KUCHING: The Coalition for Clean and Fair Elections (Bersih 2.0) has called upon opposition parties to work together in forming a shadow cabinet at the federal and state levels to check and compete with the government of the day more effectively.
The shadow cabinet, whether at federal or state level, will provide a healthy political competition to the government with every federal minister or state exco being shadowed by an opposition member with their own alternative policy.
This idea was transpired from a research report entitled “A Framework for a Shadow Cabinet in Malaysia” commissioned and launched by Bersih 2.0.
Among others, the report suggested shadow federal ministers or state exco to be selected based on merit and to reflect the diversity of the society it represents, in terms of political parties, factions, ethnicities, gender, age and regions.
“A single shadow minister should be appointed to shadow each ministry of exco of the government. The shadow minister should be the lead spokesperson for the issue from the opposition.
“The shadow cabinet should have regular meetings, at least weekly, to shadow the actual cabinet of the government,” it said in a statement today.
Bersih 2.0 further called on the federal government and all state governments to officially recognise and institutionalise the practice of shadow cabinet as part of the nation’s democratic processes by conferring the standing of “Official Opposition” to the majority parliamentary group in the Opposition.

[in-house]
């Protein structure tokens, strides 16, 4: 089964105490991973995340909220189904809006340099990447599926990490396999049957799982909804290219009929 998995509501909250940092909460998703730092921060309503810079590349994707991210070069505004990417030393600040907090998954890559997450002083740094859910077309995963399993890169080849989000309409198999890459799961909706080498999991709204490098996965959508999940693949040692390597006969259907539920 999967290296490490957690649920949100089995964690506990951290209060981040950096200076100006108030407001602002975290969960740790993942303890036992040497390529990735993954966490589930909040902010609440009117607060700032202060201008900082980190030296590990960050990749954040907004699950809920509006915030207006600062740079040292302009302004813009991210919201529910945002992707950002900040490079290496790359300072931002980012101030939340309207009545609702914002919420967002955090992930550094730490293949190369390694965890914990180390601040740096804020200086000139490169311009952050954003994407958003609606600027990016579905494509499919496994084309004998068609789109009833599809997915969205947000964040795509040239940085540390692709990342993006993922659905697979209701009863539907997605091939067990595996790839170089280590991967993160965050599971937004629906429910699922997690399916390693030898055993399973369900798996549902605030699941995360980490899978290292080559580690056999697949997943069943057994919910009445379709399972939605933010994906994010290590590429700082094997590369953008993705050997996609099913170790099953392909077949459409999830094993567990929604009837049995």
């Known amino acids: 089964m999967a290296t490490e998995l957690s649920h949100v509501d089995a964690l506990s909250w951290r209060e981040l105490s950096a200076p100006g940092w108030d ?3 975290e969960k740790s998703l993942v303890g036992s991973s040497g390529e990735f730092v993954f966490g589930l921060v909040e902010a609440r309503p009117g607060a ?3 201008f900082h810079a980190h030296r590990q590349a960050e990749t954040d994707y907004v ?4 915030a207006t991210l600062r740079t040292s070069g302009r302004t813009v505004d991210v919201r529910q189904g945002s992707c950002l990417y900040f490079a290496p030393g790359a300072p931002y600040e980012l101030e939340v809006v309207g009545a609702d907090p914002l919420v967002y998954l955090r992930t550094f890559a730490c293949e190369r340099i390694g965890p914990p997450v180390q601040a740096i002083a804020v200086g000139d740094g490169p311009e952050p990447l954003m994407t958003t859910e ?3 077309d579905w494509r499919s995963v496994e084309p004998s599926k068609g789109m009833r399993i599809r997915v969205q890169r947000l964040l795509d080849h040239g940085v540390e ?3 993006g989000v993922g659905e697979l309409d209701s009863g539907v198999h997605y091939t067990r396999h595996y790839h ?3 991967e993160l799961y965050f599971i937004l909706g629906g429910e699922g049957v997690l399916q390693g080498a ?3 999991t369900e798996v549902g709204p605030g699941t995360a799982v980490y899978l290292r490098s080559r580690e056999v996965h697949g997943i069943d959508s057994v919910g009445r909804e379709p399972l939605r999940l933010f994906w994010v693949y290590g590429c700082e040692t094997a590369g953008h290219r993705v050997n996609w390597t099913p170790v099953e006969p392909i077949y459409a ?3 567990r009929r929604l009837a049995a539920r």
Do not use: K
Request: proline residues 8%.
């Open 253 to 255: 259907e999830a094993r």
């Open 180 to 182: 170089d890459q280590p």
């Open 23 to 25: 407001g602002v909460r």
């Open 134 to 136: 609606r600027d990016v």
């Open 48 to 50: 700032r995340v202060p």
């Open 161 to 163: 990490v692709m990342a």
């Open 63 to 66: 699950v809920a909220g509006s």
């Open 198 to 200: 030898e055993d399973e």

It also suggested the Standing Orders of Parliament and state assemblies be amended to give privileges and advantages to shadow ministers during procedures such as parliamentary questioning and legislative debates.
“It should formalise the power and authority of the leader of the Opposition and/or a representative of the shadow cabinet to be consulted on decisions relating to scheduling and timetabling of the business in the House.
“The revisions should also introduce more equity of opportunity between the government bench and the opposition bench,” it added.
Bersih 2.0 also suggested that in the immediate to medium term, steps should be taken to adopt and operationalise the practice that during an election, the public service must meet and advise the Official Opposition on its election policies and manifesto as part of the preparation for transition in the event that the Official Opposition wins the election.
“Opposition shadow ministers should be allowed to ask questions about departmental organisation and to discuss with public servants organisational changes to the public service.
“As in other jurisdictions, the responsibility of public servants to provide such information and input, and their protection from repercussions from the government of the day, should be encapsulated in formal codes and guidelines such as in a cabinet manual,” it added.